Story continues below advertisement

The Globe phoned the company’s office in Montreal to seek comment on the Sudan contract, but was told that Mr. Ben-Menashe was travelling and could not be reached.

The contract, filed with the U.S. government, shows the firm is being paid to lobby the executive and legislative branches of the governments of the United States, Russia and Saudi Arabia, along with the United Nations, the African Union and possibly other countries and organizations.

The lobbying will seek “to assist the devising and execution of policies for the beneficial development of your political aims,” according to the firm’s contract with the Sudanese military council.

The goal is to “assure that you attain recognition as the legitimate transitionary leadership of the Republic of the Sudan and create a supervisory role for your council,” the contract says.

In addition to seeking military equipment and a meeting with Mr. Trump, the firm says it will “strive to arrange private meetings for you with senior Russian and other political figures,” adding that it will “undertake to obtain financing for you from the United States, the Russian Federation and other countries.”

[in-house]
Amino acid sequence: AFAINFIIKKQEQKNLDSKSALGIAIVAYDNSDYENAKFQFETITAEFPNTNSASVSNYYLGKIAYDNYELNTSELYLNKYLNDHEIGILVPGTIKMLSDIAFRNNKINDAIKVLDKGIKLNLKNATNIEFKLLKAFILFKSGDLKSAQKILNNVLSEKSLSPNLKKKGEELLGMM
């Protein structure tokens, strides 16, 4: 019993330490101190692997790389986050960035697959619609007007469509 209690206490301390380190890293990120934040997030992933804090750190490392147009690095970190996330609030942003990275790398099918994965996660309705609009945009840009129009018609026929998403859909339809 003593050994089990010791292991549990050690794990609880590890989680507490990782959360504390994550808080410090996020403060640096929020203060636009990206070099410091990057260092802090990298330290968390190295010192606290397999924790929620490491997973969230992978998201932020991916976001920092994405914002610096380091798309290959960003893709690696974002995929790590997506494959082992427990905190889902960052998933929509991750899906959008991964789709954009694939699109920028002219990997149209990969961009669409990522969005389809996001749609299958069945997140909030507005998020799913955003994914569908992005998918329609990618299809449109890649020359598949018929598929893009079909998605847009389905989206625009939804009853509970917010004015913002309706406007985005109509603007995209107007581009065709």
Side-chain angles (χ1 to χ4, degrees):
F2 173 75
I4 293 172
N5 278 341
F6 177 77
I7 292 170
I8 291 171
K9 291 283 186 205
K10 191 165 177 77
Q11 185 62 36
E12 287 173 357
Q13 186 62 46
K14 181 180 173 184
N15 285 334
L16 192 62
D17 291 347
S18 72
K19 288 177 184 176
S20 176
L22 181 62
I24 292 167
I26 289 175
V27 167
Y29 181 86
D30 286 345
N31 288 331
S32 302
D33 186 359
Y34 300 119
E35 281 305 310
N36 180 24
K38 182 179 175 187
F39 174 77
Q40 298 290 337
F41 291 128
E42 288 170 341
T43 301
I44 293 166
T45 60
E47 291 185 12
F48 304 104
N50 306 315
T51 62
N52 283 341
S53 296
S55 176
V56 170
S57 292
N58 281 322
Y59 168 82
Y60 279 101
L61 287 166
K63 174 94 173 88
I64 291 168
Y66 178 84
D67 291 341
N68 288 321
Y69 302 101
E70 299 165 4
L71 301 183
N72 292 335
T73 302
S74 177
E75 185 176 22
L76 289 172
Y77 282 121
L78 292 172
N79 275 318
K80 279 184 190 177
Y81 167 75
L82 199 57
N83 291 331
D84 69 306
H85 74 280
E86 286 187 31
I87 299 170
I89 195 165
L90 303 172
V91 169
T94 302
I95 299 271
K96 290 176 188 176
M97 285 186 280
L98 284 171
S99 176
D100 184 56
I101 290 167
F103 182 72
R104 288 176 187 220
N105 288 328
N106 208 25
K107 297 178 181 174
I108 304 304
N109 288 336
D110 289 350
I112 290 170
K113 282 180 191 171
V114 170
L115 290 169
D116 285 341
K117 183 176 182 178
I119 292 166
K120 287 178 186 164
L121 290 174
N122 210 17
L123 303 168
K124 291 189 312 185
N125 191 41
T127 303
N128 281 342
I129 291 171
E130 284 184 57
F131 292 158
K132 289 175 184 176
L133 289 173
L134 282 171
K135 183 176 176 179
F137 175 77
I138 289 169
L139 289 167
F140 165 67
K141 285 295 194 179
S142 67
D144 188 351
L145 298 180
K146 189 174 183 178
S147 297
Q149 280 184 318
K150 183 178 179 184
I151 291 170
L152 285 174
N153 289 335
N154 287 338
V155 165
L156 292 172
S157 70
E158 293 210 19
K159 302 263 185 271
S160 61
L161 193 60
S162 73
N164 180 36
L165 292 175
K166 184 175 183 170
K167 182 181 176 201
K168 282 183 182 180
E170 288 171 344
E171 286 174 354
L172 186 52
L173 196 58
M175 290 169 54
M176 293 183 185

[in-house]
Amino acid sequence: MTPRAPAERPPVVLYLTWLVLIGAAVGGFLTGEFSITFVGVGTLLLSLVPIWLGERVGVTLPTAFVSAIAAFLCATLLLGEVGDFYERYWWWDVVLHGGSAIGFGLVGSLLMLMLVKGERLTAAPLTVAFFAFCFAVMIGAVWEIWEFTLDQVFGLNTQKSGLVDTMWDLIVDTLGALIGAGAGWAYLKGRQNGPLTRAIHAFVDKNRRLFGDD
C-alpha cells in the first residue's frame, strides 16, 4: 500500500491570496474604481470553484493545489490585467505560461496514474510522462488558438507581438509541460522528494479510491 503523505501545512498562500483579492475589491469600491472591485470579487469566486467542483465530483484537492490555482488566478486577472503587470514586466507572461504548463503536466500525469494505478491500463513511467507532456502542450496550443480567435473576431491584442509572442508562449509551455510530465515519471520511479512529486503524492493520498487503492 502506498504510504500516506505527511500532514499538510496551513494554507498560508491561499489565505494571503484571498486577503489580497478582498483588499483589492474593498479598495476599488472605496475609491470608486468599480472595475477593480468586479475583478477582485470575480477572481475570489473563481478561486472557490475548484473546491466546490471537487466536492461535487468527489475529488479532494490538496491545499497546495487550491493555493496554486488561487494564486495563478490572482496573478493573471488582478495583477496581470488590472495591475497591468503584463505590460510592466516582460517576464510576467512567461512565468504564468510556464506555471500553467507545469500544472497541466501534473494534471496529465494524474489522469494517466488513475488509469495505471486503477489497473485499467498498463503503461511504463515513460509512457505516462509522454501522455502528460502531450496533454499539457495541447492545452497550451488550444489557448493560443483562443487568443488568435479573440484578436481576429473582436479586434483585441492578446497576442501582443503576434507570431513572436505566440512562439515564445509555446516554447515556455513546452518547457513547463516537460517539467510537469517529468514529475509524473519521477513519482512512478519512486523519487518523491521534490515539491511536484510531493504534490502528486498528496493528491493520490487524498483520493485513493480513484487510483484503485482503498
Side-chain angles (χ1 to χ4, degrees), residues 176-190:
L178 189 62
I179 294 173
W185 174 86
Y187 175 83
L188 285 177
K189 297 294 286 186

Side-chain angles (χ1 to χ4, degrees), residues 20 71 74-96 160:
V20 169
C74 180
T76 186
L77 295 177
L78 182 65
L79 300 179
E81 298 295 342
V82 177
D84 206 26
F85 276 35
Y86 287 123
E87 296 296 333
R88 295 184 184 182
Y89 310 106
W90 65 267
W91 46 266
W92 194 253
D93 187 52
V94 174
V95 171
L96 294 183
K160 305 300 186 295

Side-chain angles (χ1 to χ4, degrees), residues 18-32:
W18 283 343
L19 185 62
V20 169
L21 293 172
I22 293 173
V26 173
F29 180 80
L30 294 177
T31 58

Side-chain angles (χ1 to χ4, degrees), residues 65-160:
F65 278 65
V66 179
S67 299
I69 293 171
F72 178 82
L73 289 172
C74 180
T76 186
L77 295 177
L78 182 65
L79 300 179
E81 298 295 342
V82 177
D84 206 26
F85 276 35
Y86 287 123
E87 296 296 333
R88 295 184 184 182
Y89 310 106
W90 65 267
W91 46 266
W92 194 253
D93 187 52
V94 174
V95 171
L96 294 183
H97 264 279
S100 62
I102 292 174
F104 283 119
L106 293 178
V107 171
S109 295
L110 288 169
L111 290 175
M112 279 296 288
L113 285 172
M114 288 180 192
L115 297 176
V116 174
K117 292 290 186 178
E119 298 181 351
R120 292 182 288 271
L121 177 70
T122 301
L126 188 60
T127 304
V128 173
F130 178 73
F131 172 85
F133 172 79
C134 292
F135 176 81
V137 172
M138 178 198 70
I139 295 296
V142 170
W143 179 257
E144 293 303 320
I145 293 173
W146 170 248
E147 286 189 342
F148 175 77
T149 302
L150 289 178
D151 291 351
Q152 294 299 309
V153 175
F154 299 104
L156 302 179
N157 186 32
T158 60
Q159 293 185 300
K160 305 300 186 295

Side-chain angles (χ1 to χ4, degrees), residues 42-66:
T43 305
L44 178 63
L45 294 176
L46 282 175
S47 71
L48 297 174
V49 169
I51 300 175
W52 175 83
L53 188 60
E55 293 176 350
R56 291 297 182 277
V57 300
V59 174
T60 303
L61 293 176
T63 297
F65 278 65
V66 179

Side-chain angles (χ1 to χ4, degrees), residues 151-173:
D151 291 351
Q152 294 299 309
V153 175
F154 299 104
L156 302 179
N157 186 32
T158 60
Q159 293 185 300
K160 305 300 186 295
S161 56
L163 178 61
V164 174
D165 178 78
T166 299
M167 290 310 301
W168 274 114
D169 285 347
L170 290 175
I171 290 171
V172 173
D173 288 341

The firm also proposes an alliance between the Sudanese regime and the Libyan militia commander, Mr. Haftar, in which the Libyan commander would provide “military help” to the Sudanese regime in exchange for funding from Sudan.

Story continues below advertisement

The firm is facing an uphill battle in trying to persuade Washington to support the Sudanese regime. The United States has continued to suspend its relations with Sudan, and has blamed the RSF for the “brutal violence” against the pro-democracy protesters. In testimony to a congressional committee this week, U.S. deputy assistant secretary of state Makila James denounced the “reprehensible attacks” on June 3. She said they were “led by the Rapid Support Forces” and she called for the RSF to be withdrawn from Khartoum.

Mr. Ben-Menashe played a role in a scandal in 2011 that led to the resignation of Arthur Porter, the head of Canada’s spy watchdog, the Security Intelligence Review Committee. According to media reports at the time, Mr. Ben-Menashe signed a commercial agreement with Dr. Porter to seek US$120-million in funds from Russia for the development of bridges, dams, ferries and other infrastructure in Sierra Leone, where Dr. Porter was born. Dr. Porter, a physician who became the chief executive of the McGill University Health Centre (MUHC) in 2004, resigned from the committee in 2011 after the reports emerged.